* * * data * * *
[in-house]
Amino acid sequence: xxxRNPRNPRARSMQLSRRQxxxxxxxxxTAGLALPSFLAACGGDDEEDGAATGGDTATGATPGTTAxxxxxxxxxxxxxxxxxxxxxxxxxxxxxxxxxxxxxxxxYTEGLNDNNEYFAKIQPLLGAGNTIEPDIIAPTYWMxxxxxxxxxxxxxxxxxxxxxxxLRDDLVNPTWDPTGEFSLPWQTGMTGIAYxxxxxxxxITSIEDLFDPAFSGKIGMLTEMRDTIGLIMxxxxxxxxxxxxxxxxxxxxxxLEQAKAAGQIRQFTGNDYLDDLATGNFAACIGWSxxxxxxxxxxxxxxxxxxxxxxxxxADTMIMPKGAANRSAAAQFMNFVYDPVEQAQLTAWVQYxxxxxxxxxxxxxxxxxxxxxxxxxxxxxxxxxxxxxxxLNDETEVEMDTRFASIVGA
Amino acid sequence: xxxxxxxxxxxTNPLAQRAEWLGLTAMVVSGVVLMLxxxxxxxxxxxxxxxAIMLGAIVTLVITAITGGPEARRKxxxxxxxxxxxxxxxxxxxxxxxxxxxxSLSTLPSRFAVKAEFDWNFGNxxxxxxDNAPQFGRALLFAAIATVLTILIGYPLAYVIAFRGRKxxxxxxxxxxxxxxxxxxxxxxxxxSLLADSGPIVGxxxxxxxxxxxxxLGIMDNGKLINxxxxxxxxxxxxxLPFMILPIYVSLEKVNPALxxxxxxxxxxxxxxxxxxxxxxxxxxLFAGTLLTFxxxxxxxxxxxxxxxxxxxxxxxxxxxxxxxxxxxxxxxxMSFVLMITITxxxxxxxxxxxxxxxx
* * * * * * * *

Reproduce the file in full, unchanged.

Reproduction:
[in-house]
Amino acid sequence: xxxRNPRNPRARSMQLSRRQxxxxxxxxxTAGLALPSFLAACGGDDEEDGAATGGDTATGATPGTTAxxxxxxxxxxxxxxxxxxxxxxxxxxxxxxxxxxxxxxxxYTEGLNDNNEYFAKIQPLLGAGNTIEPDIIAPTYWMxxxxxxxxxxxxxxxxxxxxxxxLRDDLVNPTWDPTGEFSLPWQTGMTGIAYxxxxxxxxITSIEDLFDPAFSGKIGMLTEMRDTIGLIMxxxxxxxxxxxxxxxxxxxxxxLEQAKAAGQIRQFTGNDYLDDLATGNFAACIGWSxxxxxxxxxxxxxxxxxxxxxxxxxADTMIMPKGAANRSAAAQFMNFVYDPVEQAQLTAWVQYxxxxxxxxxxxxxxxxxxxxxxxxxxxxxxxxxxxxxxxLNDETEVEMDTRFASIVGA
Amino acid sequence: xxxxxxxxxxxTNPLAQRAEWLGLTAMVVSGVVLMLxxxxxxxxxxxxxxxAIMLGAIVTLVITAITGGPEARRKxxxxxxxxxxxxxxxxxxxxxxxxxxxxSLSTLPSRFAVKAEFDWNFGNxxxxxxDNAPQFGRALLFAAIATVLTILIGYPLAYVIAFRGRKxxxxxxxxxxxxxxxxxxxxxxxxxSLLADSGPIVGxxxxxxxxxxxxxLGIMDNGKLINxxxxxxxxxxxxxLPFMILPIYVSLEKVNPALxxxxxxxxxxxxxxxxxxxxxxxxxxLFAGTLLTFxxxxxxxxxxxxxxxxxxxxxxxxxxxxxxxxxxxxxxxxMSFVLMITITxxxxxxxxxxxxxxxx